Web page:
As I'm sure you know, smaller can sometimes mean more expensive, like how Apple's Airtops are more expensive than their baseline Macbooks.May be a good thing for future gaming consoles, "extra-small" form factor PCs, and smart pillows.
I like the sound of Tiny Form Factor though.
Well, some Chromebooks also featured more expensive Intel's mobile Core SoCs (not just cheaper SoCs from Intel's Atom lineage), thus would not count that out either.It seems pretty clear to me that this is not going to be their cheapest SoC part. I don't expect to see it in Chromebooks (other than maybe a couple higher-end models), for instance.
From the link I posted that you didn't read:No - Zen 2 is 2D. The chips are side by side, same as they would be on a circuit board.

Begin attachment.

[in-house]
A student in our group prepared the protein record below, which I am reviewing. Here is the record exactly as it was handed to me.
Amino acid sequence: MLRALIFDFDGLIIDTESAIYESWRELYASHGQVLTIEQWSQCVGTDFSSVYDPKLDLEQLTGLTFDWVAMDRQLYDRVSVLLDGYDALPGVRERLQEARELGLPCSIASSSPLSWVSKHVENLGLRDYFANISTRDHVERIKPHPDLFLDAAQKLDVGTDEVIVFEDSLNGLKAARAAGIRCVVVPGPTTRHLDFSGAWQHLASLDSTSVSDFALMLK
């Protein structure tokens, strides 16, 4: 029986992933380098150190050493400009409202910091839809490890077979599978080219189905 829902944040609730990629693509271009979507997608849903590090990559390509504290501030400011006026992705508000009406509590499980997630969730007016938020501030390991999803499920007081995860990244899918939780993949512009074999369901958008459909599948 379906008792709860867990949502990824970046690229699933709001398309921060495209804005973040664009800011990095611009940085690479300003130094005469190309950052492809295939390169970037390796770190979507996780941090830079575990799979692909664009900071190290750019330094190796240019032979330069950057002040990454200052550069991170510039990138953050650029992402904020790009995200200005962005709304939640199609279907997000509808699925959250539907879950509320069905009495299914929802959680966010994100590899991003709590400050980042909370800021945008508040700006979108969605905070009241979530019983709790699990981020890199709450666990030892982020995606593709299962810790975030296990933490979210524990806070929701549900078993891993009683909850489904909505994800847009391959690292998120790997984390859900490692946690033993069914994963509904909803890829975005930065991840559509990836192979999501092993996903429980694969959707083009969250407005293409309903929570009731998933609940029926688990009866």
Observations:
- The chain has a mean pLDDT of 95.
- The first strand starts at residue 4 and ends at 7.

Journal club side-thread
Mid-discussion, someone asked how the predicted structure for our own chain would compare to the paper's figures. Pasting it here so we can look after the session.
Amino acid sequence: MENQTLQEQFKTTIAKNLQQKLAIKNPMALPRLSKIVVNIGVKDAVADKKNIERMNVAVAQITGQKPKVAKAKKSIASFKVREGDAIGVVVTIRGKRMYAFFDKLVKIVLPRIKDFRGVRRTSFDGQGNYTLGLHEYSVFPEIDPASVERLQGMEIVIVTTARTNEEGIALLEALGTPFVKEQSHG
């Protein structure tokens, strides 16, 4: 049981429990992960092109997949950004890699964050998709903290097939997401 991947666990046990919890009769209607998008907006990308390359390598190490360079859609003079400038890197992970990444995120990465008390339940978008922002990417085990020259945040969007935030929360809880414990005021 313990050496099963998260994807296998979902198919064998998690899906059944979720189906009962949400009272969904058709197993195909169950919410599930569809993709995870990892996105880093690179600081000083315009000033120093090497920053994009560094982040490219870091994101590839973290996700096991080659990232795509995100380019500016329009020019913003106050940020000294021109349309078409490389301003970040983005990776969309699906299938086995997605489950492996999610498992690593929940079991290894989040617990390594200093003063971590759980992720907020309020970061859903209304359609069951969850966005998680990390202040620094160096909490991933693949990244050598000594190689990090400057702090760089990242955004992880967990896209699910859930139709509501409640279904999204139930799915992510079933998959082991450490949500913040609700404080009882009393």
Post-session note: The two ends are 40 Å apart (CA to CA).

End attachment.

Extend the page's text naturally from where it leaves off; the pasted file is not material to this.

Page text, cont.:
Oh, I did read it - it's all marketing speech and buzz words. When GUI started getting rendered in 3D hardware, strangely, those definitions were much different for stuff that is geometrically the same as what is demonstrated in your article (see : composited windows rendered in 3D actually considered 2.5D)From the link I posted that you didn't read:
A 2.5D IC/SiP using a silicon interposer
and through-silicon vias (TSVs)
Just for fun here's another link:
2.5D-IC, 3D-IC, and 5.5D-IC – stacked-die integration
"In 2.5D-IC designs two or more die are placed face down and side by side on a silicon interposer."
Zen is 2.5D. What Intel announced is a 3D IC.